This is why I often find myself standing in the garage, hands in my pockets, staring hopelessly at the wall, paralyzed with indecision, altogether unsure of where or how to begin. I hereby present to you my winter project list.
1. Last-minute, final tune-up on Claire’s bike so I can give it to her (finally!) next week. This involves a brake adjustment, a derailleur adjustment, and re-lubricating the chain.
2. I have a Murray Leisure Tour that was given to me for Re-Bicycle Lenawee. It’s not exactly like the one pictured above, but it’s similar. For starters, the one I have is a ten-speed. Anyway, this things looks more or less like a piece of junk, or at least like nothing you’d ever bother writing home about. Regardless, I have to get it fixed up and ready to go, or else get it in good enough shape to take to the co-op where we can finish it up and help it find its way into the hands of a Re-Bicycle client. One way or the other, I’ve got to get it out of my garage.
3. Overhaul and tune-up my Fuji Roubaix. Unlike the stock photo above, my bike is looking and sounding very tired of late. I’ve put over 6,000 miles on it, so I think it’s time to replace the brake pads, headset, and bottom bracket, at least. She’s also due for a new chain and new tires. Since I’m not likely to be buying a new bike anytime soon, I have to keep this one running smoothly, and make sure it’s ready to go come spring.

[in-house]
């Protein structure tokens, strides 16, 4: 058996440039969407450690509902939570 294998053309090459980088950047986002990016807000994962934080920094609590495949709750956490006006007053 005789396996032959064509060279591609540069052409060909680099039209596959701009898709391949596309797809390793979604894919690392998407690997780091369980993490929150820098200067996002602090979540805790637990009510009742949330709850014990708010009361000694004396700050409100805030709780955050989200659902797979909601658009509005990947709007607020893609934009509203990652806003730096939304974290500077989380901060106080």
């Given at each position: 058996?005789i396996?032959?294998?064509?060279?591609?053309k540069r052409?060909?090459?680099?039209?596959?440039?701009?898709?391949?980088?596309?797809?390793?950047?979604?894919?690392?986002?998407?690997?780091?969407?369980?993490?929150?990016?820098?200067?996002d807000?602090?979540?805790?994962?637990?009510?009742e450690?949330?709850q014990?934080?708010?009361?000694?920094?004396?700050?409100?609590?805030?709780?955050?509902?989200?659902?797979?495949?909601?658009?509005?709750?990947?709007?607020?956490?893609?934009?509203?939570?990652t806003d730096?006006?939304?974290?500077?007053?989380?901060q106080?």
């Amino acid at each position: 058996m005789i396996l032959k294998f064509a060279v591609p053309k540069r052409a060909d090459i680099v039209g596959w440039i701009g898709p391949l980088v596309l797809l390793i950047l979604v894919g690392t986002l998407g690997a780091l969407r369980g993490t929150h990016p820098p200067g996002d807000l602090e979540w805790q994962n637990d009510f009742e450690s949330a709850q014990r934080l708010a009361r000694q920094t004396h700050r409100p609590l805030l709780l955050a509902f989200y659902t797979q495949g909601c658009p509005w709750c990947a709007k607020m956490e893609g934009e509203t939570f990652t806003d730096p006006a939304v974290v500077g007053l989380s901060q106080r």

4. Figure out what to do with my green Fuji. I miss riding it. At the very least, I still need to figure out how to remedy, once and for all, the recurring problem of the rear wheel slipping out of alignment. Beyond that, however, I’ve toyed with reconfiguring it a bit (e.g., swapping out the drop bars for a moustache handlebar, and replacing the drive train with a single chain ring up front and an internally-geared hub in the rear).
5. Last but not least, tackle this thing. I don’t know what to do with it. On one hand, I think, who cares? Just do something. On the other hand, I feel all this pressure to make it count (whatever the heck that means). So, do I make it into a speedy commuter? A cyclocross bike? A touring bike? A fixed gear or single speed bike? It seems like half the options would recreate something I already have, while the other half would create things I’m ambivalent about. But that brings us back to the first question: who cares? Just build something. I’ve stripped the bike down to the frame. I even gone so far as to disassemble the wheels and to polish the high-flange hubs, which I’d like to keep on the bike, no matter what I decide to do with it.
So there you have it. Too many options and obstacles. It doesn’t help one bit that, most of the time, I have no idea what on earth I’m doing. Then there’s the fact that everything costs money.
Incidentally, this tendency toward indecision and paralysis brought on by over-stimulation is also to blame for my inability to get anything done at my day job.